Tag Archives: casting a spell

Babalon Working

This video is a trailer for Brian Butler’s “Babalon Working” posted by MOCAtv. There was a screening on Sept 19th, which means this is a belated mention, but you can be on the lookout for the next showing.

“MOCAtv Presents a Screening and Performance Event by Los Angeles Artist BRIAN BUTLER at MOCA Grand Avenue, September 19th, 2013.

World Premiere of Brian Butler’s Preternatural Odyssey film BABALON WORKING featuring Paz de la Huerta and the performance TRANSMIGRATION.

To occult artist Brian Butler, aesthetics are ‘magick.’ Elevating mystic practices to the status of art—or elevating art to the status of ritual—Butler’s films and performances are themselves Orphic ceremonies and Satanic rites. Pentagrams, triangles, liturgical hoods in red, white, and black, these iconographic shapes and costumes have a sacred as well as aesthetic function. The arresting imagery and trance-inducing editing of his latest short film The Babalon Working: a Shortcut to Initiation are no exception. Butler’s mentor and collaborator Kenneth Anger once compared making a movie to casting a spell. Perhaps this film will make that assertion literal: The Babalon Working was a ritual devised and practiced by occult master Jack Parsons to manifest Babalon, the divine feminine. Watch and wait.”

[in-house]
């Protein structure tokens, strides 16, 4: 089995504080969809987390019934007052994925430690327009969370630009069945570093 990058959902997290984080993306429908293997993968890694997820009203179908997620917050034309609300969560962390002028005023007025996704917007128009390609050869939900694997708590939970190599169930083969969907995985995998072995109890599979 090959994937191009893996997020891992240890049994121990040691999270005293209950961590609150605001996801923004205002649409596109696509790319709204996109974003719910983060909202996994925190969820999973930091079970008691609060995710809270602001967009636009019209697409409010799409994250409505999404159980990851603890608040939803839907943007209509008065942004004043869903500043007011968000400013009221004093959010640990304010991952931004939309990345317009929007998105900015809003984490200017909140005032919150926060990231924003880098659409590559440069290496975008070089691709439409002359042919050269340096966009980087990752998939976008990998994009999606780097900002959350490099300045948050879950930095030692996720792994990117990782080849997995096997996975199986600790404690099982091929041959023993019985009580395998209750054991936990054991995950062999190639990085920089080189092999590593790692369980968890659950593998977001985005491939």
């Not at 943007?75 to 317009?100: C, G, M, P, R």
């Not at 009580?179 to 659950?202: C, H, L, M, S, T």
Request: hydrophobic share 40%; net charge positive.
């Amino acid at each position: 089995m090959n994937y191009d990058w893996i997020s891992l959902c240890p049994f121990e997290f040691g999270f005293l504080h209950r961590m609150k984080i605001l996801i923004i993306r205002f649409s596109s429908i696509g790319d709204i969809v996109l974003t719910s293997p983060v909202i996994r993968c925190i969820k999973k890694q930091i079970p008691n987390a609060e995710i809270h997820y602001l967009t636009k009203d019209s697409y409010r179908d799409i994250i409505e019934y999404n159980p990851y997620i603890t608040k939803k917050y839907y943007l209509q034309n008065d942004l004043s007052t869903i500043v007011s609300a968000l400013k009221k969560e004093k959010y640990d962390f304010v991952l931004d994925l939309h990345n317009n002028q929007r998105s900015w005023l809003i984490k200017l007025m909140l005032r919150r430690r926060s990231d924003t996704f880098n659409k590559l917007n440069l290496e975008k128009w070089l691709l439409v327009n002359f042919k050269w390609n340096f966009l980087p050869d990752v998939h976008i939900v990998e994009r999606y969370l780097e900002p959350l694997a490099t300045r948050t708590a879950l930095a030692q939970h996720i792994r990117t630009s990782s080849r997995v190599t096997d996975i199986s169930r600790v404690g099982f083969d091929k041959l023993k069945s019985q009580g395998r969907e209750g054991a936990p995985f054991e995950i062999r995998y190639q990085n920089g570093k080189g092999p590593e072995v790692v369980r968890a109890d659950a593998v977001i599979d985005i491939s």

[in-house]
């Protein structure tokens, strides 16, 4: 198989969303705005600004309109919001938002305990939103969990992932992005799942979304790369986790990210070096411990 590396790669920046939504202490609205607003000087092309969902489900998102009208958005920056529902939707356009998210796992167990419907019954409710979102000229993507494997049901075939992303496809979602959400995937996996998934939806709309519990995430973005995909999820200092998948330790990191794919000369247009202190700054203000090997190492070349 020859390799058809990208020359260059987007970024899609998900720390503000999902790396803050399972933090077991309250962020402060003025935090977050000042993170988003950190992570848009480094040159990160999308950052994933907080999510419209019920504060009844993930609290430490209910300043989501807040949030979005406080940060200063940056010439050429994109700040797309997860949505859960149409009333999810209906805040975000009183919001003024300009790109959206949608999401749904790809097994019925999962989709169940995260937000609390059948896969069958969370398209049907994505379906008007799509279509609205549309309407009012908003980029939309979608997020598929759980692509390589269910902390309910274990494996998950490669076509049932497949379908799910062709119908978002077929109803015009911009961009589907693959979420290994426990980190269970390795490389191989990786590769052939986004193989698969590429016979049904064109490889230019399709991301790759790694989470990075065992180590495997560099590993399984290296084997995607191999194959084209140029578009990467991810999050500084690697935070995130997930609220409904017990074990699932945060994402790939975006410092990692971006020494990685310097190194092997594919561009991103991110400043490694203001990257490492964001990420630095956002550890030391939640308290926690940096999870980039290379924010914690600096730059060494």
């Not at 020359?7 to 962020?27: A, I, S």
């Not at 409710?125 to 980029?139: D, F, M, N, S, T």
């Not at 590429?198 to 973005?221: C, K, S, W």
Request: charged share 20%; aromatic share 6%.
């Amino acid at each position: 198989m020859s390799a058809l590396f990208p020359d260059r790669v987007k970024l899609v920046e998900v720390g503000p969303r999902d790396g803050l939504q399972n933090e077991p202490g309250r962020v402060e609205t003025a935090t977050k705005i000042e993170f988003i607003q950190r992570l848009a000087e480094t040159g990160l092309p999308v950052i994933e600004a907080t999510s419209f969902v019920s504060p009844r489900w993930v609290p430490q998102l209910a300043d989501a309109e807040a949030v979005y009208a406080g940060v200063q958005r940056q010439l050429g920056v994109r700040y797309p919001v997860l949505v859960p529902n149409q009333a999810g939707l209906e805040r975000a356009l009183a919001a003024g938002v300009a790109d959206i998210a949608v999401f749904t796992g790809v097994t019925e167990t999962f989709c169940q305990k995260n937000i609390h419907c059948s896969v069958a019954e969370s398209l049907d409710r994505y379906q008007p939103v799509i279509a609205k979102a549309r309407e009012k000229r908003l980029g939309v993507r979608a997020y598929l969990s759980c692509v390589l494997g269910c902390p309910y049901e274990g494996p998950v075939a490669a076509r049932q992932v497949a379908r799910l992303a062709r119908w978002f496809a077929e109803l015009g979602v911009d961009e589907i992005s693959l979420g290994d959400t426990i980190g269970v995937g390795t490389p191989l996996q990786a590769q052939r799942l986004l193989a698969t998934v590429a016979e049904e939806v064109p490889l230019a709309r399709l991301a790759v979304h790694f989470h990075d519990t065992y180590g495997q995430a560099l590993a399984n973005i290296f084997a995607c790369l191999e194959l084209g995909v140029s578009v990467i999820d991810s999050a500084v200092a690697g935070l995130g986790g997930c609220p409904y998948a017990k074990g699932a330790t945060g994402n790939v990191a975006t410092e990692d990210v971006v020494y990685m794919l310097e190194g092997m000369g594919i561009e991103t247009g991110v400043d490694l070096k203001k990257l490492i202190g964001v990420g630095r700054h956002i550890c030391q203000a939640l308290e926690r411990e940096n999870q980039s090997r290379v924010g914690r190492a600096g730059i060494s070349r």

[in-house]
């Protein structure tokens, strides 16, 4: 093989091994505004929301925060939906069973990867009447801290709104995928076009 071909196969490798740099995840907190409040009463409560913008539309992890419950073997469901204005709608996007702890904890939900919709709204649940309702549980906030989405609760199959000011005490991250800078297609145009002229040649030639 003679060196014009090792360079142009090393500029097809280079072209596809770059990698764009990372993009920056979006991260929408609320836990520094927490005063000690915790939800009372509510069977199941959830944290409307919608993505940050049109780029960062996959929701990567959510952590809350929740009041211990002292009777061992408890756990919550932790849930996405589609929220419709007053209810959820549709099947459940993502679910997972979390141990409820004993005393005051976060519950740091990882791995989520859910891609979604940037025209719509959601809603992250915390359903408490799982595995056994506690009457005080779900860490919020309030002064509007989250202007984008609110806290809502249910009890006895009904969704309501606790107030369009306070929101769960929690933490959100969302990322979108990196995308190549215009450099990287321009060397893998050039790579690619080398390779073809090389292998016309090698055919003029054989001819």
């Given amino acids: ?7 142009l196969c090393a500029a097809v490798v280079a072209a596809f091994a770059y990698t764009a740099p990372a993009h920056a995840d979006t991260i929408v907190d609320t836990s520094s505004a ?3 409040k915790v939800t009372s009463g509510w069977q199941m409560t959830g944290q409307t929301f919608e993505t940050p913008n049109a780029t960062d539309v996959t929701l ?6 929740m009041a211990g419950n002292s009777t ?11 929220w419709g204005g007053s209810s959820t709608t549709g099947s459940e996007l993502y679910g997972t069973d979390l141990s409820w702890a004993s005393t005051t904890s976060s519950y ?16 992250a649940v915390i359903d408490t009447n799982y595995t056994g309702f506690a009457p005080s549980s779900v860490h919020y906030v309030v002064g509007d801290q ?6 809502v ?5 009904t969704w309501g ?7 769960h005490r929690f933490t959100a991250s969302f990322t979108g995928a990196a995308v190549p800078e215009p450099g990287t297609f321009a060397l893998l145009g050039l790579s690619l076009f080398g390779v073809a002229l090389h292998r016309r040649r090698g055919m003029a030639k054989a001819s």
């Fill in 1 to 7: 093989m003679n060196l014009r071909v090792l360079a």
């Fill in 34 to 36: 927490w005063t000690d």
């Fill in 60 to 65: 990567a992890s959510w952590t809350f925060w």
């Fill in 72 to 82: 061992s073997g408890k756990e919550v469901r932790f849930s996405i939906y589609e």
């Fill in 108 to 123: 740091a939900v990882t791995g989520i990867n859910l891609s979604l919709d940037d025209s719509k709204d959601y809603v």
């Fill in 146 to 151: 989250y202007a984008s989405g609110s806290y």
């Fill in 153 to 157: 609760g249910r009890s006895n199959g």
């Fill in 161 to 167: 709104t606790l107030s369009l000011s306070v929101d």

Kenneth Anger is pulled out of a hat in an article about the cliche “the magic of the movies”

Kenneth Anger is pulled out of a hat in an article about the cliché “the magic of the movies” at “Hugo and the magic of film trickery” by J Hoberman at The Guardian. Aleister Crowley is tangentially mentioned in connection with Anger.

“Many film-makers, including Orson Welles and the avant-gardists Maya Deren, Harry Smith, Stan Brakhage, and Kenneth Anger, identified their practice with magic — albeit in varying ways. Welles had extensive experience as a stage magician and made his last feature, the faux documentary F is For Fake precisely about cinematic sleight of hand; Deren was a serious student of Haitian vodoo; Smith considered his cut and paste animations a form of alchemy; Brakhage referred to “trick” as the medium’s fundamental rule; and Anger was a disciple of Aleister Crowley, who considered making a film akin to casting a spell. (Walt Disney would have agreed.)”

“Movies don’t necessarily record reality but they always construct it. That’s what makes them magical.”